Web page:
A SHAKE-UP of surgery services provided at Winchester hospital is to be tested before the end of consultations with the public.

Less emergency orthopaedic operations could be carried out at Royal Hampshire County Hospital in Winchester which could instead become a “centre of excellence” for planned operations such as hip and knee replacements.

The move which is part of a major plan to be delivered by Hampshire Hospital NHS Foundation Trust (HHFT) is now set to be tested this winter while consultations with staff, public and stakeholders will be ongoing.

As previously reported, hospital bosses denied the move would happen without a consultation.

But at a meeting of the Health and Adult Social Care Select Committee (HASC) held at the county council in Winchester on Monday, they said they want to introduce some changes this winter in a bid to reduce the number of operations cancelled due to beds shortage in winter months.

When asked if public consultations had been held, Alex Whitfield, chief executive at HHFT, said the public had been informed but they could have done more consultations on this specific proposal.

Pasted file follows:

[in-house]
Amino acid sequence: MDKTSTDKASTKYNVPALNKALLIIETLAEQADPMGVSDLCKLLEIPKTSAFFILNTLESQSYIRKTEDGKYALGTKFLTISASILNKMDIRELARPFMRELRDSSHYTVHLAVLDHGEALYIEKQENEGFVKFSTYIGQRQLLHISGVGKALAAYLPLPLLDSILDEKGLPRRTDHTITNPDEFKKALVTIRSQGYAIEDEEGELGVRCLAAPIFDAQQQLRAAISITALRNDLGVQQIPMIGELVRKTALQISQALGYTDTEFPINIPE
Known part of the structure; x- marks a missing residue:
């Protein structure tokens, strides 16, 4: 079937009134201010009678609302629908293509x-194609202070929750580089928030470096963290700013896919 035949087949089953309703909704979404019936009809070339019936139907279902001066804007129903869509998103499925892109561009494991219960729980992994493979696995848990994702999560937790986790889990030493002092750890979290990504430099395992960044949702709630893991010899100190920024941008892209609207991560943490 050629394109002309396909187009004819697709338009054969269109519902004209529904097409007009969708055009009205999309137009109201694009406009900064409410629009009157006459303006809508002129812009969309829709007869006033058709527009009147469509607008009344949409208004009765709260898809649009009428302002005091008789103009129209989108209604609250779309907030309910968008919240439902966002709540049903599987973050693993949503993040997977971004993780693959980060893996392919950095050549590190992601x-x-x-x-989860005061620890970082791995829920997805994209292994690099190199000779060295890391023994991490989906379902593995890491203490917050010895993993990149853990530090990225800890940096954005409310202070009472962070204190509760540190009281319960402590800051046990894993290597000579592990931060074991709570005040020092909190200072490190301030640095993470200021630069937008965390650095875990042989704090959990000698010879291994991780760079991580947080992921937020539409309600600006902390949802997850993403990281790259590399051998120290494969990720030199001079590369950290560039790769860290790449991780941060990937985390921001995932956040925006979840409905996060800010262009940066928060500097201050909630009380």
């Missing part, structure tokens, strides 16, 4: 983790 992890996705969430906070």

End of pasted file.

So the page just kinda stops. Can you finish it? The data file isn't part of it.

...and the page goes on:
“We recognise there iss a gap and we want to do that [more consultations] in the next couple of months. The reason why we are bringing this here is because we want to try this this winter but we will do engagement during that time," said Ms Whitfield.

According to the proposals, planned orthopaedic operations which require a stay in hospital would be done in Winchester while people who will need an emergency orthopaedic operation could be sent to the “nearest acute hospital that has the right specialist consultant capability”.

It is believed the change would see many residents having to travel to Basingstoke and North Hampshire Hospital (BNHH) should they require emergency surgery on broken bones.

The trust said informal and internal consultations over the proposed changes have already been held but there will be further engagement events.

Talking to HASC members Jenny Erwin, director of commissioning at West Hampshire CCG, said: “What we want to do is to test a broad range of ideas. We already have a close community link. Our engagement program is very broad and deep and it will allow us over the next couple of months to understand the impact on people.”

According to a timeline published by the trust, a review of the feedback received will be done between December and March while some changes would be implemented. The final service model is expected to be implemented in April 2020.